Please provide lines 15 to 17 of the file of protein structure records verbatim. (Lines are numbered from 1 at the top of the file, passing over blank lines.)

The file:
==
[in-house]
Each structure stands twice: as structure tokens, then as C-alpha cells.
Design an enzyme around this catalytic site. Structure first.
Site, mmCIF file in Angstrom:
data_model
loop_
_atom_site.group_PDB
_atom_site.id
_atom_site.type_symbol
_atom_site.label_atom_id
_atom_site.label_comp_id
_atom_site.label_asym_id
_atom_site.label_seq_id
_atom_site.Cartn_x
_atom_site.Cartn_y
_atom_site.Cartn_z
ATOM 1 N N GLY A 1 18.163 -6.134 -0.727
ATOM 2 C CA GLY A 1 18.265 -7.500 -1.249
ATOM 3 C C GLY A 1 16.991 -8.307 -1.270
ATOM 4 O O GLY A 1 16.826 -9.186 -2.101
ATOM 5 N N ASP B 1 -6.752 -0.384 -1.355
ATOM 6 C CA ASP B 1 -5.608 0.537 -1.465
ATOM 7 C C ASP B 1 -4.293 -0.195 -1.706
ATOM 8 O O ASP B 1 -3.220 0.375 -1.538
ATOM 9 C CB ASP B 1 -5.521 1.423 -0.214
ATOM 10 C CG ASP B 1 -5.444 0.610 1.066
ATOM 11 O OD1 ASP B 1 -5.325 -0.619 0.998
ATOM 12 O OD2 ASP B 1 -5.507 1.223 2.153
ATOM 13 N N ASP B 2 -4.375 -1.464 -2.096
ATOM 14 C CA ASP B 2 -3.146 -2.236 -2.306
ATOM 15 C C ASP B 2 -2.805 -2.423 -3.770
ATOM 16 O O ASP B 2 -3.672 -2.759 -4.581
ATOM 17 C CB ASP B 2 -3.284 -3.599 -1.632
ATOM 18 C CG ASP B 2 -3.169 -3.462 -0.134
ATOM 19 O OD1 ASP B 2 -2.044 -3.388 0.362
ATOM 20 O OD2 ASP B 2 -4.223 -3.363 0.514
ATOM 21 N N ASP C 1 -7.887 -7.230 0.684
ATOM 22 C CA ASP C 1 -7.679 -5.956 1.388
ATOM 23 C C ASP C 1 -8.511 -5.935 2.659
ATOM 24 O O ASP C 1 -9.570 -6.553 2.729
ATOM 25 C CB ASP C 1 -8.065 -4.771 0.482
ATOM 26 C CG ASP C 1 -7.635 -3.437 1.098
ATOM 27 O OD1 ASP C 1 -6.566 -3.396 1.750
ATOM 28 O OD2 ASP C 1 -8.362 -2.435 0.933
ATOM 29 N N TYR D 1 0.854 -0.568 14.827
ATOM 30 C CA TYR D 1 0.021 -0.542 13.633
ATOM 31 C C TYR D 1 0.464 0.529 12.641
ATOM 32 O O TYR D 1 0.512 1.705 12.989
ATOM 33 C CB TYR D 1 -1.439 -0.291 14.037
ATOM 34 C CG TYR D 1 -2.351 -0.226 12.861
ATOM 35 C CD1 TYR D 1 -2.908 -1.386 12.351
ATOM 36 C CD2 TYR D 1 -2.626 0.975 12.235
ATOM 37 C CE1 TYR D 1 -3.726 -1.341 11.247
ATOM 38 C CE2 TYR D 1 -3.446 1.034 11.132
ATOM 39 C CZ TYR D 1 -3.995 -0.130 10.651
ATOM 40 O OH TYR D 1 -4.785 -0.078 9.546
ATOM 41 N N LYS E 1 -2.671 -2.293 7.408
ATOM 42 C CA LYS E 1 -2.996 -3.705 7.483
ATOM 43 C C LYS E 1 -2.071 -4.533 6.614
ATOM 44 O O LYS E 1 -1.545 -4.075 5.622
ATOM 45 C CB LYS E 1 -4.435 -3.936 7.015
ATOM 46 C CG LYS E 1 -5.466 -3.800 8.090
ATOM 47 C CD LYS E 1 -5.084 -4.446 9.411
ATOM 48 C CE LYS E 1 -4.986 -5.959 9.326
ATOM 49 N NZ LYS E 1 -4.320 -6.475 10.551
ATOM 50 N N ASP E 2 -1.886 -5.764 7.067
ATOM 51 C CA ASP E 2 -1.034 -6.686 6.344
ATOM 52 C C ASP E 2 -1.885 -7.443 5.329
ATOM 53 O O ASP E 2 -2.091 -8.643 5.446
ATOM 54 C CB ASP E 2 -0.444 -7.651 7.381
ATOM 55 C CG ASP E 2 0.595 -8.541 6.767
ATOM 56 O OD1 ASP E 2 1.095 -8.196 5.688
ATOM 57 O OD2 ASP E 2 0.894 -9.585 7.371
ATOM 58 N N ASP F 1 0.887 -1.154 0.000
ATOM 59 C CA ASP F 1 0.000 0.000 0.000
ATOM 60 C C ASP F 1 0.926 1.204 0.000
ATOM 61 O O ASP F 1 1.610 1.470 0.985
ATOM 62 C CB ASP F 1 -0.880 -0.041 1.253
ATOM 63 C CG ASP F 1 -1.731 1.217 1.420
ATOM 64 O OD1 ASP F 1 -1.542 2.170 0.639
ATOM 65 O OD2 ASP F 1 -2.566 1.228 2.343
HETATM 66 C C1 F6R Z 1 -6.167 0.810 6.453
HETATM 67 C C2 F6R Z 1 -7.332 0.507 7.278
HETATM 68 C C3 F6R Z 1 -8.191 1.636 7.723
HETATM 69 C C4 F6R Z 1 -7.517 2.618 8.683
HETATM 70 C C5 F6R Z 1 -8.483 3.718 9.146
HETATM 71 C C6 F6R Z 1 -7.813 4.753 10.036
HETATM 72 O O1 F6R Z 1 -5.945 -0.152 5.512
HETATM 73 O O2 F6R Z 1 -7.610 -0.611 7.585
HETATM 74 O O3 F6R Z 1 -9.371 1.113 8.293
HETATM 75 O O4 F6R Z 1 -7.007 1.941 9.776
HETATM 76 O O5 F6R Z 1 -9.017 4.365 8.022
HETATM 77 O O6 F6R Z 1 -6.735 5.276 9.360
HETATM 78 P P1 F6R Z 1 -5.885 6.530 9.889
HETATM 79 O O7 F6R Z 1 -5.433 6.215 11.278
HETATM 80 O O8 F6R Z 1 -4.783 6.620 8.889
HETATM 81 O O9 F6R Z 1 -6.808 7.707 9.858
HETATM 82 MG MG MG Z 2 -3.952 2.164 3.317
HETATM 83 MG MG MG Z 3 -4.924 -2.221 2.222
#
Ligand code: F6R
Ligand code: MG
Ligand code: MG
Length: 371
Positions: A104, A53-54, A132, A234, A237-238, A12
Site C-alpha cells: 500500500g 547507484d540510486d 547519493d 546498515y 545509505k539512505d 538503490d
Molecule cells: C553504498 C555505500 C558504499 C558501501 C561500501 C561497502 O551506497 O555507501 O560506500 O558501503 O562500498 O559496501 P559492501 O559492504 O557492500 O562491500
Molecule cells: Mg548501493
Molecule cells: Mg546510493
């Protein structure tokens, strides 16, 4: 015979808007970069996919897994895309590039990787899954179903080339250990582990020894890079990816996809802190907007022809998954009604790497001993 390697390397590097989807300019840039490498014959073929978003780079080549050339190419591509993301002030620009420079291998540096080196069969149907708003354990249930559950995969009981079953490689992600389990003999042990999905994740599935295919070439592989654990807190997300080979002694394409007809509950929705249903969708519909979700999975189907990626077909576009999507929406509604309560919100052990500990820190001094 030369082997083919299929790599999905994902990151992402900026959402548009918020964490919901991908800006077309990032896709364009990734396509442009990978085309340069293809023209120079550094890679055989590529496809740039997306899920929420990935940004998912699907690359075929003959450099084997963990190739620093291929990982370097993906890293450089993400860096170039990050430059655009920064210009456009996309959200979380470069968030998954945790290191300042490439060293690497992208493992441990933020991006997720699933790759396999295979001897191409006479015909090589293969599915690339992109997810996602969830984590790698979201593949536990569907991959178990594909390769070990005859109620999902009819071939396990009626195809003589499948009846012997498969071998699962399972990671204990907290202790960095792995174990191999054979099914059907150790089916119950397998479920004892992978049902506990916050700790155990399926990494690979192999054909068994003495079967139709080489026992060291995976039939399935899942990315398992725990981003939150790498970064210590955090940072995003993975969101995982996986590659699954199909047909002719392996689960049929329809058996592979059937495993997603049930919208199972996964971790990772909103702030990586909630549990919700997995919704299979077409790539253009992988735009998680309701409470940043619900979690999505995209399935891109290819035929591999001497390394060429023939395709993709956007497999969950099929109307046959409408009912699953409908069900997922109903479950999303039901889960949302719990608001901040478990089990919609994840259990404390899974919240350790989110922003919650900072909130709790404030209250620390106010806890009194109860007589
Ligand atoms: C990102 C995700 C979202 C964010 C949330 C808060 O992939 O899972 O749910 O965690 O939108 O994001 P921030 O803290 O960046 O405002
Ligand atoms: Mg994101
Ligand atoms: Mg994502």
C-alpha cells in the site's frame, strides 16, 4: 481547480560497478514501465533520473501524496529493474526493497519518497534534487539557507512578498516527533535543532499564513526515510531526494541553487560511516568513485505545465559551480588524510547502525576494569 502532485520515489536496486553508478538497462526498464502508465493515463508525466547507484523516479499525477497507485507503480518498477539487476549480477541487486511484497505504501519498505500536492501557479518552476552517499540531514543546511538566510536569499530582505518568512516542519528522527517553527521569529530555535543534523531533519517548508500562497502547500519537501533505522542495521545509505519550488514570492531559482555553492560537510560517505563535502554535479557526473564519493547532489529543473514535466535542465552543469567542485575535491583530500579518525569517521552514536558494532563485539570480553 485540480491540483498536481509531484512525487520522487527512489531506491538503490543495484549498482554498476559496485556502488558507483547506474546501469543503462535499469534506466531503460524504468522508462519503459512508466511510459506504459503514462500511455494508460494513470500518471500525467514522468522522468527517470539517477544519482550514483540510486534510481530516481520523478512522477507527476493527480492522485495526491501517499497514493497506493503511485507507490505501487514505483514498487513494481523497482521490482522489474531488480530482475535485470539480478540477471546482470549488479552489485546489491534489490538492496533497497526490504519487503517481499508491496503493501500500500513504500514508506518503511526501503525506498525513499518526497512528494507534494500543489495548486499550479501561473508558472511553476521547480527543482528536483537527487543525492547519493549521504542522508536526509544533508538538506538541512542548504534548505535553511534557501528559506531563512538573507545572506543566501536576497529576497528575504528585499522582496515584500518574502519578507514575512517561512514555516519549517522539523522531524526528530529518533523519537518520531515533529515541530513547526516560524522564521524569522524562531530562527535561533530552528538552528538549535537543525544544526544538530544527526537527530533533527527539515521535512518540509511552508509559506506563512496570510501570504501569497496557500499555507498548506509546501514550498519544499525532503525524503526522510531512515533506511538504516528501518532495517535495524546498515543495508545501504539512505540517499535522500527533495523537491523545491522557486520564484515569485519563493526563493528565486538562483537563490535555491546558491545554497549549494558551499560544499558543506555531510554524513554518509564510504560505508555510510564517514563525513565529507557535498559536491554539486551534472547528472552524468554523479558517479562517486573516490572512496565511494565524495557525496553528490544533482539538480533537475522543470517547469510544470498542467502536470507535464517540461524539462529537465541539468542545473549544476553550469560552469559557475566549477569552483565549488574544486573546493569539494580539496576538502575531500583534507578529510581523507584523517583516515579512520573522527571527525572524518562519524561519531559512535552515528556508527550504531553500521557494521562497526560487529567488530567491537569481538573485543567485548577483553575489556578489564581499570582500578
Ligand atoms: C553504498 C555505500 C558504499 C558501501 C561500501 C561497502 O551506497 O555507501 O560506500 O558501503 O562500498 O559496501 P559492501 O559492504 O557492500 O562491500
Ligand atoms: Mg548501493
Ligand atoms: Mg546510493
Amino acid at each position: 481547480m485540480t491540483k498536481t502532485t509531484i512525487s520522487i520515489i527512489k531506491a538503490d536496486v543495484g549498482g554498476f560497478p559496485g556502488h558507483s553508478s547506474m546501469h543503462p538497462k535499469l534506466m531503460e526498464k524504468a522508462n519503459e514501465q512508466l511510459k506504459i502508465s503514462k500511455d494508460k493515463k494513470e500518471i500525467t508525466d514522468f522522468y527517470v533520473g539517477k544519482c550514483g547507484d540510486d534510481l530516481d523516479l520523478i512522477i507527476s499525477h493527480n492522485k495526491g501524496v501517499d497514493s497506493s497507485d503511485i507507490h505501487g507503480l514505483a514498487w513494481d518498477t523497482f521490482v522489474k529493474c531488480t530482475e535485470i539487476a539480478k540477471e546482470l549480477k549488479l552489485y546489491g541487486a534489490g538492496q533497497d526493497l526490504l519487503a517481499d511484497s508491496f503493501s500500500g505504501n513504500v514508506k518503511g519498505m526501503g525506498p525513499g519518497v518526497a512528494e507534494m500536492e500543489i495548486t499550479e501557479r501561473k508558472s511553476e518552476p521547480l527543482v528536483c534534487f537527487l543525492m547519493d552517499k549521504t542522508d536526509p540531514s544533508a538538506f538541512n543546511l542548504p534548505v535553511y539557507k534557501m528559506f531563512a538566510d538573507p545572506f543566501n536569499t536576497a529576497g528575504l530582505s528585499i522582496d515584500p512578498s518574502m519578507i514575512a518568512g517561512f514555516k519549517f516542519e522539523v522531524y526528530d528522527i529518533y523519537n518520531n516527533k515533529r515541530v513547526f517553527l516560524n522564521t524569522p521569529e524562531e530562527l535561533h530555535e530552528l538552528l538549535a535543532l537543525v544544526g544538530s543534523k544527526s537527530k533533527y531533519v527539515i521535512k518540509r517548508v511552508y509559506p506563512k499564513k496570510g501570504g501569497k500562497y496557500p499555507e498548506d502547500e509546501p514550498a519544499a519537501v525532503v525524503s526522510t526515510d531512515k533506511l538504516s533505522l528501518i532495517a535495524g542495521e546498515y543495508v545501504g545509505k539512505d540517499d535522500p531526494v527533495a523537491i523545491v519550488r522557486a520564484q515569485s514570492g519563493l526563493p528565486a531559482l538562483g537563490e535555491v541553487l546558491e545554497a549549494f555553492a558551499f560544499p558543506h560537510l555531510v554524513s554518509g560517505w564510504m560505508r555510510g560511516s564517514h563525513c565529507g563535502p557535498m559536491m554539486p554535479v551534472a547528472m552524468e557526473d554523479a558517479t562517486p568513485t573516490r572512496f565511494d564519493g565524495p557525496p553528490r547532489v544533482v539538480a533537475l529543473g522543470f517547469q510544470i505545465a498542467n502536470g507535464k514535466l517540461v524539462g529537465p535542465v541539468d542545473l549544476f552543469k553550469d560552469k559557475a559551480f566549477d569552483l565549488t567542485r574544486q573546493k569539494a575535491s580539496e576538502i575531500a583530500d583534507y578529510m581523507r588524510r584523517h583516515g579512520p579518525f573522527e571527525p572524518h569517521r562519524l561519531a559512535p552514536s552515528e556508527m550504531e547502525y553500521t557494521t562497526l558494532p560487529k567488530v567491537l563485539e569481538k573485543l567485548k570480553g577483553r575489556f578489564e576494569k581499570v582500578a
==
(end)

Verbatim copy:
_atom_site.Cartn_y
_atom_site.Cartn_z
ATOM 1 N N GLY A 1 18.163 -6.134 -0.727